Good for you. The key word there is host. They are our hosts which makes Americans guests. If this is the way they act as guests I won't be inviting any of them to my house.

Cammie said...

word

Badass Geek said...

Good for you for speaking your mind, and you are 100% correct in what you've said. Whomever this was directed at needs to get with the program.

Grumpy, M.D. said...

Well written. Makes me embarrassed to be an American when my countrymen act like this overseas.

Most of us are better people than this. Unfortunately, it only takes a few jackasses to give the impression we all are.

Mama Dawg said...

Stupid Americans.

Wait.....yeah, I can say that. Cause I'd kill for the chance to live in a foreign country and I would never take my host country for granted.

Gaston Studio said...

I saw many expats like this when living in Bahrain and Egypt, but they weren't all Americans, just ignorant expats.

Mango Girl said...

Bloody hell! Well written!

Make copies of this and place it under the offenders wiper blades...nah, they are such assholes, they won't recognize themselves.

Bee and Rose said...

Awesome post, Kat! Well said! Glad you did the rant! I feel better just reading it! Snap!

Mom in High Heels said...

Could you forward that on to the Americans living in Germany too? They could really use it. You might want to throw in a line or two about learning at least a little of the language. Yes, almost every German speaks English, but really learn a bit of the language. It makes me so freaking mad. When we're on the train, I keep my mouth shut if there are obnoxious Americans on there because I am embarrassed by their behavior and don't want to be associated with them. I swear if I were lucky enough to live in England, I would be running around smiling at everyone and marveling over how awesome it is that I get to live there.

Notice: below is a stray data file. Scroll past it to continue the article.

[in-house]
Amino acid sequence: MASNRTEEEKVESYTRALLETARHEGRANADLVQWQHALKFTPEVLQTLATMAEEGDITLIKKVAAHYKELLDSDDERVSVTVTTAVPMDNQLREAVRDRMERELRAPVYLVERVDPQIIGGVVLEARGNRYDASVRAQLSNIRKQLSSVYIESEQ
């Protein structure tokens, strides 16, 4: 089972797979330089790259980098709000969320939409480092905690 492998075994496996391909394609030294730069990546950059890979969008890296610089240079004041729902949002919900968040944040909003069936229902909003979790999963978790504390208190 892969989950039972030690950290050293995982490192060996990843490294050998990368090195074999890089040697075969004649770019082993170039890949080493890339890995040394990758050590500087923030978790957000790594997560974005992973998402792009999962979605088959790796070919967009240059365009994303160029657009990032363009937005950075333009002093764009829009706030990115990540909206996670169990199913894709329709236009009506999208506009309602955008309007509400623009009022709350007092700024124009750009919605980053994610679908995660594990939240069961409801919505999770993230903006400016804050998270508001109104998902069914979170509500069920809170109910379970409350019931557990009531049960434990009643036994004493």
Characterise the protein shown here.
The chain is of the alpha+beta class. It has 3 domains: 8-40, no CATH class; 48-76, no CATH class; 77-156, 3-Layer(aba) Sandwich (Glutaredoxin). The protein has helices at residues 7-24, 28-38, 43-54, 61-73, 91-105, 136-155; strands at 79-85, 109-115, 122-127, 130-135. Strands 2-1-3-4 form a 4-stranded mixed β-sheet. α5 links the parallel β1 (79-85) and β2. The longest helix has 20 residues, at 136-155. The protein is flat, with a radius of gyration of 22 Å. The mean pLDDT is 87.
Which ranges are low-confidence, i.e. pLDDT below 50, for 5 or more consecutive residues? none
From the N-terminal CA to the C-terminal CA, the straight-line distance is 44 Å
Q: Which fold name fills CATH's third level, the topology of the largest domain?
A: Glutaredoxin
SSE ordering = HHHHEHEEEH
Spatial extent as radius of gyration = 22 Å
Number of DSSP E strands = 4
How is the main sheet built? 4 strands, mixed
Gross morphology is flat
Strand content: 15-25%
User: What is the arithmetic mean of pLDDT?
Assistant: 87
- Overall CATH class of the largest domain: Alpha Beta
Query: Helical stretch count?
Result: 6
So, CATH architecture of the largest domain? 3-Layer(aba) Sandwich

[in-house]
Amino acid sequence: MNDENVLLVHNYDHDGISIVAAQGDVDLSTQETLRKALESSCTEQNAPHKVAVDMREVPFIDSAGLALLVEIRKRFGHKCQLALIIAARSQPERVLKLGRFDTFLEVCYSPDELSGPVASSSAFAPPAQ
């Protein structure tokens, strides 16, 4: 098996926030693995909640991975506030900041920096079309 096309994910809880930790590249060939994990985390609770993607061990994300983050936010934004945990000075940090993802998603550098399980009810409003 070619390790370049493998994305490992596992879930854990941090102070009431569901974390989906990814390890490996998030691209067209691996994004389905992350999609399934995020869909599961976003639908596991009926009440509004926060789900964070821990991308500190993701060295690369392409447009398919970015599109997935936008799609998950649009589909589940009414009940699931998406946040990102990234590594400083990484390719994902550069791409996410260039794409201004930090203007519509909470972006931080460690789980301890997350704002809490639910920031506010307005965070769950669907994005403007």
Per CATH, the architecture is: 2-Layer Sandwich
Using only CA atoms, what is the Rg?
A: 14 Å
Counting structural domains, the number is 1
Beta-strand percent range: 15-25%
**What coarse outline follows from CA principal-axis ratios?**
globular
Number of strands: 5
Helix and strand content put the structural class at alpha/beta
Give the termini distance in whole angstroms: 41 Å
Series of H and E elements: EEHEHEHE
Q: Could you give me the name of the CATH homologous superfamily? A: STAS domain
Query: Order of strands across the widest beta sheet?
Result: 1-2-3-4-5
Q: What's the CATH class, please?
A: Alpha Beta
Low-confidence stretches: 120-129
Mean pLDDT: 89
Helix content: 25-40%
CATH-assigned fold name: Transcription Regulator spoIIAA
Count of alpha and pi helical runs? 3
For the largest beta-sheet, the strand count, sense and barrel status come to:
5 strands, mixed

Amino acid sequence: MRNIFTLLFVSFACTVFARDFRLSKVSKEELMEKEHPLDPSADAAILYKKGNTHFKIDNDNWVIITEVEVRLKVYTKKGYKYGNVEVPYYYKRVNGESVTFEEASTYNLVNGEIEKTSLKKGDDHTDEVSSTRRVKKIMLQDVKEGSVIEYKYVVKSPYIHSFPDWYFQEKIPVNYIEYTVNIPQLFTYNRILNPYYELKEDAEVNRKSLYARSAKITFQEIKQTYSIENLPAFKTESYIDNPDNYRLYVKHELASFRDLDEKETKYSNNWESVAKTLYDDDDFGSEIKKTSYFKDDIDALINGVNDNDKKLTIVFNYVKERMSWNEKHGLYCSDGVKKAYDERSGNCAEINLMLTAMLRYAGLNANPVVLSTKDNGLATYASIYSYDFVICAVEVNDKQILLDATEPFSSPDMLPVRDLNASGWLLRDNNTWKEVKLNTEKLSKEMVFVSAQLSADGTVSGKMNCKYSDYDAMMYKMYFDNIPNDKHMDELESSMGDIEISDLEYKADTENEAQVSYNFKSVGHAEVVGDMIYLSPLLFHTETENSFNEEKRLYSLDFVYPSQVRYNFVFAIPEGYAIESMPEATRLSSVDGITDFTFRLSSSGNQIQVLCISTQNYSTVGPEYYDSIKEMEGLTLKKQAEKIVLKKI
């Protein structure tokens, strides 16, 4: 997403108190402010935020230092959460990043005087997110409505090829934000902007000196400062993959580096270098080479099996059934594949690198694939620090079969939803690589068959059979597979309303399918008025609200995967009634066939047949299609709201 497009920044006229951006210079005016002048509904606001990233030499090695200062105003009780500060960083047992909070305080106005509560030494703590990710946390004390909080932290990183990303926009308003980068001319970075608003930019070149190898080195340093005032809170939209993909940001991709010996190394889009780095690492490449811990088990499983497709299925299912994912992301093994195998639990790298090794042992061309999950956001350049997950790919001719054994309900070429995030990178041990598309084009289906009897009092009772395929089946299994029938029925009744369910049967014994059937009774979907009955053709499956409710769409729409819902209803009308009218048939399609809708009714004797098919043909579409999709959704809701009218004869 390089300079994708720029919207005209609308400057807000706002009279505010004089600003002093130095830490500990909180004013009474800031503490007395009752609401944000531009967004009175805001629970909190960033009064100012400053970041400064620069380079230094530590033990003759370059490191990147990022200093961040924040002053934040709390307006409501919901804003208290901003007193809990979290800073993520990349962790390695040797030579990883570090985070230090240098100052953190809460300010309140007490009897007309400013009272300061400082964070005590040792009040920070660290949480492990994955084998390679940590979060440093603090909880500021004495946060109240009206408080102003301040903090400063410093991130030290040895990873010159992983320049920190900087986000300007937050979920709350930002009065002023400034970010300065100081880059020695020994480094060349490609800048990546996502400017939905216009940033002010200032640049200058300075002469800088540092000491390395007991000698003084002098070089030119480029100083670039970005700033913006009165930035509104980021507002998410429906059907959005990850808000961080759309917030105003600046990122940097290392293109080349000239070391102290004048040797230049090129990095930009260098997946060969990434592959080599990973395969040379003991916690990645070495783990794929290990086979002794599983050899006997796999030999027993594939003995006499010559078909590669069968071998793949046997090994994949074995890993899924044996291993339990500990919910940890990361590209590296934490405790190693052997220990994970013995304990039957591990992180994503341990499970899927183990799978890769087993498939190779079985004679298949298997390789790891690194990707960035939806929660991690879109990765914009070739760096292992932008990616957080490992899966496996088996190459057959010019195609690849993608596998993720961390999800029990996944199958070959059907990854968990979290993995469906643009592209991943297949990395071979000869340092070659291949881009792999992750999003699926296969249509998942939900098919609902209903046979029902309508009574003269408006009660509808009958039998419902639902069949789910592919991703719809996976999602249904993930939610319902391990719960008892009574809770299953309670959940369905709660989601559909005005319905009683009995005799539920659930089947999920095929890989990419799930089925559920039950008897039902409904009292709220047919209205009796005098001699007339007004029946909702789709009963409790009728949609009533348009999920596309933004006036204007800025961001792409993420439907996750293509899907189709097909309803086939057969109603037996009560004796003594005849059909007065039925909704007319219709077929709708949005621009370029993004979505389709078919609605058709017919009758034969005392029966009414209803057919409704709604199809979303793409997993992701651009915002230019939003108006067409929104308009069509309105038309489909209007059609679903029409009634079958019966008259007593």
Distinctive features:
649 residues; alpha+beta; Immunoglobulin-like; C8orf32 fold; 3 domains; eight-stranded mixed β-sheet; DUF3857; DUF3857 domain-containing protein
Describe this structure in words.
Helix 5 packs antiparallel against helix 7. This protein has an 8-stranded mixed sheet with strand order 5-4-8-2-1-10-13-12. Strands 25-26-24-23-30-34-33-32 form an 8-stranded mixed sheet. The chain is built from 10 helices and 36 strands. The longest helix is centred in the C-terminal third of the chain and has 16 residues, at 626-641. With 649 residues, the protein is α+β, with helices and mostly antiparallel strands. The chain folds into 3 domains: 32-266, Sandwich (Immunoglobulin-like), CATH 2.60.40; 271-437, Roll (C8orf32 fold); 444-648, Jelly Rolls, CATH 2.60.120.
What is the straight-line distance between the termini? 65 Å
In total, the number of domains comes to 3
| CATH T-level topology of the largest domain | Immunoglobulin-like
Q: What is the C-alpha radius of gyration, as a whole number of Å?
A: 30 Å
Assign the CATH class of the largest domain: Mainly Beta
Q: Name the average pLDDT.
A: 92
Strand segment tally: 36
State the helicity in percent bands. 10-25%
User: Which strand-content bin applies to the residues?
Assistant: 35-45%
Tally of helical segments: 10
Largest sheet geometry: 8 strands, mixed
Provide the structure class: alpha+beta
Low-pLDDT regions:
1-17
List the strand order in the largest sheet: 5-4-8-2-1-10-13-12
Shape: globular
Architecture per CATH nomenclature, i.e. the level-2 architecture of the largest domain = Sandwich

notfromaroundhere said...

Whew, I cannot wait to hear what brought that on :-)

You have, however, had much better luck with the locals than I have. And for that I envy you.

That said, when I was on my way to the airport for this trip, my British driver was ranting about how when something (the A/C, in this case) is broken the locals (remember, he's one of them) don't do anything about it and just accept it as broken, so I'm not sure I agree with the whole "everyone would call the repairman" line... :-)

Jenni said...

glad to hear we are still embarassing ourselves overseas. at least some Americans are trying to make us look good, thanks ;)

Captain Dumbass said...

I think every country has their fair share of idiots who sadly escape to other countries and make fools of themselves. Unfortunately, being American just means that the spotlight is that much bigger.

PS. I apologize for any stupid Canadian you may have come across.

PPS. Especially if it was me in Europe in the early 90's. There was a lot of drinking involved.

Sprite's Keeper said...

I would be pissed too.
Nicely put. Feel better? :-)

Kingsmom said...

It only takes one rotten apple to ruin the whole bunch.

Lisa said...

You finally wrote it. Good on you, Kat, Good on you!

I'll go live there for them. I'll be nice and appreciative to live in a beautiful foreign country.

Pollyanna (formerly the Laughing Idiot) said...

Go get 'em! I can't stand rude people - that's what those people are rude & obnoxious.

How often do we Americans bitch about foreigners not learning our language or observing "our way of doing things"?